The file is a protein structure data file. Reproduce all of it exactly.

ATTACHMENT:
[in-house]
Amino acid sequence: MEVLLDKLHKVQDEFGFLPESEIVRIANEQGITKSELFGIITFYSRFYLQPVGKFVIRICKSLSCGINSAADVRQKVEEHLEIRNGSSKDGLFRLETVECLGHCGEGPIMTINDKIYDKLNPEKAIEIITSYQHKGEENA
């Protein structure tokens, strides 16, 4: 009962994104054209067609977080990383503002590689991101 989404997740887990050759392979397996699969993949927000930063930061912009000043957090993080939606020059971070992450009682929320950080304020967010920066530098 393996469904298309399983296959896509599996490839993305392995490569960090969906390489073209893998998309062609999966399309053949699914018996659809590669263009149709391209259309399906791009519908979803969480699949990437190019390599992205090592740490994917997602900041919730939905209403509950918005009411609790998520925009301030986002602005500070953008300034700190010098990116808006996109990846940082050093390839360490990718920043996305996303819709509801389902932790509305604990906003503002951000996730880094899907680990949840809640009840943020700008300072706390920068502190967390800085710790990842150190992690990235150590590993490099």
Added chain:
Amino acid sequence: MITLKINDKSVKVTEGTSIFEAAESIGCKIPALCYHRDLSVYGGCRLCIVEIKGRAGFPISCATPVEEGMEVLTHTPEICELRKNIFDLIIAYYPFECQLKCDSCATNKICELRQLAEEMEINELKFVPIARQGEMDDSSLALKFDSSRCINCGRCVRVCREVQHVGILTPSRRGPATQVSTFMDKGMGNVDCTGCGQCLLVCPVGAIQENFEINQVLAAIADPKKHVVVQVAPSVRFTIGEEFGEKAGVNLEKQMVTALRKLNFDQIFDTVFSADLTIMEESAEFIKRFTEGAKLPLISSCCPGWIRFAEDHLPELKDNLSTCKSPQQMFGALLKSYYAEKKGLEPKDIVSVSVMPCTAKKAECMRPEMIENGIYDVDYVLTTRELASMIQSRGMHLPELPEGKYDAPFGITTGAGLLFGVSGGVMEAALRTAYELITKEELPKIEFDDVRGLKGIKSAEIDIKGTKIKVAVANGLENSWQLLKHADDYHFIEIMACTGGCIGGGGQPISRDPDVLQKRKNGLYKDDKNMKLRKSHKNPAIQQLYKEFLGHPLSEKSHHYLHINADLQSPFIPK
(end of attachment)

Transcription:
[in-house]
Amino acid sequence: MEVLLDKLHKVQDEFGFLPESEIVRIANEQGITKSELFGIITFYSRFYLQPVGKFVIRICKSLSCGINSAADVRQKVEEHLEIRNGSSKDGLFRLETVECLGHCGEGPIMTINDKIYDKLNPEKAIEIITSYQHKGEENA
């Protein structure tokens, strides 16, 4: 009962994104054209067609977080990383503002590689991101 989404997740887990050759392979397996699969993949927000930063930061912009000043957090993080939606020059971070992450009682929320950080304020967010920066530098 393996469904298309399983296959896509599996490839993305392995490569960090969906390489073209893998998309062609999966399309053949699914018996659809590669263009149709391209259309399906791009519908979803969480699949990437190019390599992205090592740490994917997602900041919730939905209403509950918005009411609790998520925009301030986002602005500070953008300034700190010098990116808006996109990846940082050093390839360490990718920043996305996303819709509801389902932790509305604990906003503002951000996730880094899907680990949840809640009840943020700008300072706390920068502190967390800085710790990842150190992690990235150590590993490099």
Added chain:
Amino acid sequence: MITLKINDKSVKVTEGTSIFEAAESIGCKIPALCYHRDLSVYGGCRLCIVEIKGRAGFPISCATPVEEGMEVLTHTPEICELRKNIFDLIIAYYPFECQLKCDSCATNKICELRQLAEEMEINELKFVPIARQGEMDDSSLALKFDSSRCINCGRCVRVCREVQHVGILTPSRRGPATQVSTFMDKGMGNVDCTGCGQCLLVCPVGAIQENFEINQVLAAIADPKKHVVVQVAPSVRFTIGEEFGEKAGVNLEKQMVTALRKLNFDQIFDTVFSADLTIMEESAEFIKRFTEGAKLPLISSCCPGWIRFAEDHLPELKDNLSTCKSPQQMFGALLKSYYAEKKGLEPKDIVSVSVMPCTAKKAECMRPEMIENGIYDVDYVLTTRELASMIQSRGMHLPELPEGKYDAPFGITTGAGLLFGVSGGVMEAALRTAYELITKEELPKIEFDDVRGLKGIKSAEIDIKGTKIKVAVANGLENSWQLLKHADDYHFIEIMACTGGCIGGGGQPISRDPDVLQKRKNGLYKDDKNMKLRKSHKNPAIQQLYKEFLGHPLSEKSHHYLHINADLQSPFIPK